The president is urging calm as the investigation unfolds while CBC members call for the Department of Justice to oversee the inquiry.
President Obama in a statement released late Tuesday afternoon offered his "deepest condolences" to the family of Michael Brown, an unarmed 18-year-old who was fatally shot by police in Ferguson, Missouri, last weekend.
"The death of Michael Brown is heartbreaking, and Michelle and I send our deepest condolences to his family and his community at this very difficult time," the president said. "As Attorney General Holder has indicated, the Department of Justice is investigating the situation along with local officials, and they will continue to direct resources to the case as needed."
Obama acknowledged the "strong passions" the tragedy has unleashed in the Missouri community and in communities across the nation, and cautioned everyone to act cautiously and thoughtfully.
"As details unfold, I urge everyone in Ferguson, Missouri, and across the country, to remember this young man through reflection and understanding," the president said. We should comfort each other and talk with one another in a way that heals, not in a way that wounds. Along with our prayers, that’s what Michael and his family, and our broader American community, deserve."
Local residents have been protesting the racially charged shooting and have faced off with the police in Ferguson, where African-Americans comprise more than half of the population and more than 90 percent of law enforcement officers are white.
Holder, in a statement released Monday, said the shooting incident deserves a "fulsome review," and although the FBI will participate in the investigation, its work would "supplement, rather than supplant," the local authorities' inquiry.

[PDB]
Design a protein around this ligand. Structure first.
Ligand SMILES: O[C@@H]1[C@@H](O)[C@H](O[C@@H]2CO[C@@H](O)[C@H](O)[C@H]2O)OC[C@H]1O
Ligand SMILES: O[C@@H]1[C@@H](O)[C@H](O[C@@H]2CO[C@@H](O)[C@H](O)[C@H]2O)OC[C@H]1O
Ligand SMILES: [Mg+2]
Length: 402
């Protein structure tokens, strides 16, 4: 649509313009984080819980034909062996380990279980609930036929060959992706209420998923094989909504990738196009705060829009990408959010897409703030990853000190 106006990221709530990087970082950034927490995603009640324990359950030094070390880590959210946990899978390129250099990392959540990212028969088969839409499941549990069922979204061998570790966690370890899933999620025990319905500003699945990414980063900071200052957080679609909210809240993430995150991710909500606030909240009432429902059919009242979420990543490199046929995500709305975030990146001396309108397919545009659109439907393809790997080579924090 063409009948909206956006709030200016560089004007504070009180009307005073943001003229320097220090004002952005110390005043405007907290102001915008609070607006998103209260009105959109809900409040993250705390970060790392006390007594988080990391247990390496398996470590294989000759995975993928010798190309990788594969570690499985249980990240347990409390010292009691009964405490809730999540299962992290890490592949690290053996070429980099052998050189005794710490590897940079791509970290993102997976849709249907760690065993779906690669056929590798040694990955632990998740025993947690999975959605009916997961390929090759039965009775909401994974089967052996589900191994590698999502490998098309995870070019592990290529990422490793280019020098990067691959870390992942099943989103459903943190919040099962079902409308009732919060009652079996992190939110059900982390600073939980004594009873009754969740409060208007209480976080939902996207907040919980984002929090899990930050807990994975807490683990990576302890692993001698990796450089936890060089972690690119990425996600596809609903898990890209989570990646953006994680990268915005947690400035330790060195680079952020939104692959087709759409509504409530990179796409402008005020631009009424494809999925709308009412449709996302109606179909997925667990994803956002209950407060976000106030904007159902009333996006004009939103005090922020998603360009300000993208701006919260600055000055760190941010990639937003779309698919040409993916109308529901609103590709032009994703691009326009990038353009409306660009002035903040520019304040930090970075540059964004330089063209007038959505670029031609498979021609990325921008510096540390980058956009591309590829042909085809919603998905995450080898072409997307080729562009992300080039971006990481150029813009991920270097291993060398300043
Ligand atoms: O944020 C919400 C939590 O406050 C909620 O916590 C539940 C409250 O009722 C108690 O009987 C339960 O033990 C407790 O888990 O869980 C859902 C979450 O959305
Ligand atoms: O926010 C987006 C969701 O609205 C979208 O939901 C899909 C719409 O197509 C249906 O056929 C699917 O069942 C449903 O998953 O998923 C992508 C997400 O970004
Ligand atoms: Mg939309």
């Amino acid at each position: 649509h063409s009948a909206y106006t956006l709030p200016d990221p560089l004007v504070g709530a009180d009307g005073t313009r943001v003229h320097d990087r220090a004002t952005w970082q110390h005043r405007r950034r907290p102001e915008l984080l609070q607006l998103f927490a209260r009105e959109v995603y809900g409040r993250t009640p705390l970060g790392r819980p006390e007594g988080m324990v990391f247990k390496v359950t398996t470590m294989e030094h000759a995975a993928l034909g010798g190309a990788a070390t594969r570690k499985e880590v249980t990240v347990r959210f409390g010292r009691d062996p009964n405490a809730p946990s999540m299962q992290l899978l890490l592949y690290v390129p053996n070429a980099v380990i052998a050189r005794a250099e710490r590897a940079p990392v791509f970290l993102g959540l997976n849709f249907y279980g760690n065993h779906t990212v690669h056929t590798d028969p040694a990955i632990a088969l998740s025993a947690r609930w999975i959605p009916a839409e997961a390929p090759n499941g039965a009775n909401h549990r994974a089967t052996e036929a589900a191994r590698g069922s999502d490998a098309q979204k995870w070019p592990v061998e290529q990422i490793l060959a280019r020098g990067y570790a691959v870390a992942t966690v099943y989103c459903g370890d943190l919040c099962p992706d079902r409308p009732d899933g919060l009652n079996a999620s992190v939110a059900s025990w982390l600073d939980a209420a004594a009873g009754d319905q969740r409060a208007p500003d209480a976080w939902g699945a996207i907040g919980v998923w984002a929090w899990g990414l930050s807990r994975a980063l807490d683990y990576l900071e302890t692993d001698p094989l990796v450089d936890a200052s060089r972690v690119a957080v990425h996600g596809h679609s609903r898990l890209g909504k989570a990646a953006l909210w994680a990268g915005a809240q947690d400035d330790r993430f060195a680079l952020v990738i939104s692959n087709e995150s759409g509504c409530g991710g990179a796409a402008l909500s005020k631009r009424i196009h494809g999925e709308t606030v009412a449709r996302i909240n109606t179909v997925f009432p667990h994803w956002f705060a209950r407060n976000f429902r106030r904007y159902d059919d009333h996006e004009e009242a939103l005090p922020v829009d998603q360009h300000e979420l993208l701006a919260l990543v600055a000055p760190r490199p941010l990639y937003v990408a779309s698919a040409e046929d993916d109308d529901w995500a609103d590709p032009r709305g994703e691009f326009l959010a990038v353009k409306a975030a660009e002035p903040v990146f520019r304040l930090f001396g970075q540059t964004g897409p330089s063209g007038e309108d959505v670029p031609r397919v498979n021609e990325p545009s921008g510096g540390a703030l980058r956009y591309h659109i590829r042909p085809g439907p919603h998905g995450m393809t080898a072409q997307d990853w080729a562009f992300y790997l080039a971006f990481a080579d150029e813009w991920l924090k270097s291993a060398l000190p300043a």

"At every step, we will work with the local investigators, who should be prepared to complete a thorough, fair investigation in their own right. I will continue to receive regular updates on this matter in the coming days. Aggressively pursuing investigations such as this is critical for preserving trust between law enforcement and the communities they serve," he said.
In a letter to the attorney general, Rep. John Conyers, ranking Democrat on the House Judiciary Committee; Rep. Marcia Fudge, who chairs the Congressional Black Caucus; and Missouri Congressman Lacy Clay argue that the DOJ should head up the investigation.
The St. Louis County Police Department "may not be the most objective or credible body to investigate civil rights matters involving law enforcement," they wrote, based on recent "evidence of racial profiling" that Clay has already asked the DOJ to investigate. In addition, the lawmakers contend, "only the federal government has the resources, the experience and the full independence to give this case the close scrutiny that the citizens of Ferguson and the greater St. Louis area deserve."
Follow Joyce Jones on Twitter: @BETpolitichick.
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